Apple Computer Settles FTC Charges That its "Apple Assurance" Program Was Deceptive

Company Agrees to Refund All Fees Wrongly Collected from Consumers

For Release

Apple Computer has agreed to settle Federal Trade Commission charges that its "Apple Assurance" advertising campaign was deceptive. Apple Assurance offered consumers who purchased Apple products free access to technical support personnel for as long as they owned their Apple product. Apple, however, subsequently began charging these consumers $35 for such access, the agency said. The proposed settlement agreement would require Apple to reinstate its promise to Apple Assurance customers and provide live, free technical support for as long as they own their Apple products. The agreement also would require Apple to reimburse each Apple Assurance consumer who paid a fee for technical support.

"For prospective purchasers of computer products, free access to live technical support is especially enticing," said Jodie Bernstein, Director of the FTC's Bureau of Consumer Protection. "Companies that make such offers have to live up to their promises."

According to the FTC's complaint outlining the charges, from September 1992 to April 1996, Apple offered Apple Assurance for most of its hardware products sold in the United States. In October 1997, Apple began charging these consumers a $35 fee for access to technical support. Accordingly, the complaint alleges that the company falsely claimed that Apple Assurance customers would have access to Apple technical support personnel, at no charge, for as long as they owned their Apple product.

The proposed settlement, which was announced today for public comment, would require that the company reinstate its promise to Apple Assurance customers and provide live, free technical support for as long as they own their Apple products. The company would provide this support to the original owner (and that owner's immediate family) of Apple products sold in the United States between September 1992 and April 1996. The proposed consent order also would require Apple to reimburse each eligible person who has wrongly paid any fee for technical support as a result of Apple's actions. Pursuant to the order, Apple would have to send a "Notice of Refund" to each such person. The Notice of Refund must include either a refund check or a notification of a credit to the customer's credit card account for the full amount paid for technical support services.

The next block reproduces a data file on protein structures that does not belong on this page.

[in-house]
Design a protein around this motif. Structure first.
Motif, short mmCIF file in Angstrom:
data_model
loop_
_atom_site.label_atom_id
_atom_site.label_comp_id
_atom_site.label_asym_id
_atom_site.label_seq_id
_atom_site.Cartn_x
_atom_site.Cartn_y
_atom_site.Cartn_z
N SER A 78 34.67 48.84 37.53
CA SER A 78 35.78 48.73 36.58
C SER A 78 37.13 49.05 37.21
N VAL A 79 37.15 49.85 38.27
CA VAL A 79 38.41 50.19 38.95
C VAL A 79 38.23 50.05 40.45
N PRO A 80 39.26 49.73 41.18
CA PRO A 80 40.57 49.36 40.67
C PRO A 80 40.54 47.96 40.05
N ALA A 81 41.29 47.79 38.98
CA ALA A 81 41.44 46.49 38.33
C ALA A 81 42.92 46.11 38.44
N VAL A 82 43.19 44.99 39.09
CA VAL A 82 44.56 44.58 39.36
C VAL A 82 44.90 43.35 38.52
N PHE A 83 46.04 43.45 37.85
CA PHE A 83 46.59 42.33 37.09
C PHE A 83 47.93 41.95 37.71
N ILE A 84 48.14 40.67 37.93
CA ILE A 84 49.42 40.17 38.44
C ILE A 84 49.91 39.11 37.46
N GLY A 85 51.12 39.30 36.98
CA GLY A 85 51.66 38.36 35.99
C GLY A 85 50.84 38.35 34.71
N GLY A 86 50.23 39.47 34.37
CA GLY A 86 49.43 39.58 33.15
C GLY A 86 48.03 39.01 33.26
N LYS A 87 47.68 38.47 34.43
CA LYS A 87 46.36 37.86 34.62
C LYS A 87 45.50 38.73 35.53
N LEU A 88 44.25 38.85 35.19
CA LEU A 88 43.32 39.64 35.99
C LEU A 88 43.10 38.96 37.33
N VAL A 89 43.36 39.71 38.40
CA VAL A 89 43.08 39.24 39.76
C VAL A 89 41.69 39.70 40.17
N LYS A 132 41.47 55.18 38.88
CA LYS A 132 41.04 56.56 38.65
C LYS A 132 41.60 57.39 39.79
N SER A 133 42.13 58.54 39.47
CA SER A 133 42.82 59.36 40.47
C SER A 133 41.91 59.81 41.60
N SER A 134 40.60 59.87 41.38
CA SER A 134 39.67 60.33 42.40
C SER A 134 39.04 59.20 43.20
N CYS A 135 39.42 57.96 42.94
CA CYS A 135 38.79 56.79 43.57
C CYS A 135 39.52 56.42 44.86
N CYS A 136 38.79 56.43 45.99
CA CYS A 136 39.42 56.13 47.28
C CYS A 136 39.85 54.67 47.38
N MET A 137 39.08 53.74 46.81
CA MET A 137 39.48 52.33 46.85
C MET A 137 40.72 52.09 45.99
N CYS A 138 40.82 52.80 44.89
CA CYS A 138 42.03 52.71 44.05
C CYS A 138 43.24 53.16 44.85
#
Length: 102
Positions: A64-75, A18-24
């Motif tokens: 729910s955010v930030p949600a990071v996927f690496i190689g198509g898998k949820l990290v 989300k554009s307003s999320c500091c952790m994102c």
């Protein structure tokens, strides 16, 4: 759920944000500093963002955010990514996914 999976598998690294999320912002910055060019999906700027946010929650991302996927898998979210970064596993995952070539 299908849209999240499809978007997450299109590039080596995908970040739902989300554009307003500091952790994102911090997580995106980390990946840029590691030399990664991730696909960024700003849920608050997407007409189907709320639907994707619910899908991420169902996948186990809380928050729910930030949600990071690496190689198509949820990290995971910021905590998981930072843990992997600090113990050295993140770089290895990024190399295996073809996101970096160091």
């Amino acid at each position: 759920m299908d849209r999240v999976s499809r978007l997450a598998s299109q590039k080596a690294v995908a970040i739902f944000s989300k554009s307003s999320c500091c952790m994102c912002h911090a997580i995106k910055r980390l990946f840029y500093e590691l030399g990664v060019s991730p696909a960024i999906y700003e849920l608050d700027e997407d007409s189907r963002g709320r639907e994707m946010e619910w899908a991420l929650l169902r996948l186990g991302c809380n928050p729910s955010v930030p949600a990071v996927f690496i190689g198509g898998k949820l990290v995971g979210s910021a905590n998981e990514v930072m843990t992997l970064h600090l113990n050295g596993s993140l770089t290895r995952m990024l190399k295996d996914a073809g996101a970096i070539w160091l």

The Commission vote to accept the proposed consent agreement was 4-0.

An announcement regarding the proposed consent agreement will be published in the Federal Register shortly. The agreement will be subject to public comment for 60 days, after which the Commission will decide whether to make it final. Comments should be addressed to the FTC, Office of the Secretary, 600 Pennsylvania Avenue, N.W., Washington, D.C. 20580.

NOTE: A consent agreement is for settlement purposes only and does not constitute an admission of a law violation. When the Commission issues a consent order on a final basis, it carries the force of law with respect to future actions. Each violation of such an order may result in a civil penalty of $11,000.

Copies of the complaint, the proposed consent agreement and an analysis of proposed consent order to aid public comment are available from the FTC's web site at: http://www.ftc.gov and also from the FTC's Consumer Response Center, Room 130, 600 Pennsylvania Avenue, N.W., Washington, D.C. 20580; 202-FTC-HELP (202-382-4357); TDD for the hearing impaired 1-866-653-4261. Consent agreements subject to public comment also are available by calling 202-326-3627. To find out the latest news as it is announced, call the FTC NewsPhone recording at 202-326-2710.

(FTC File No. 9823005)

Contact Information

Media Contact:
Victoria Streitfeld,
Office of Public Affairs
202-326-2718
Staff Contact:
Matthew D. Gold or Linda K. Badger
San Francisco Regional Office
901 Market Street, Suite 570
San Francisco, CA 94103
415-356-5270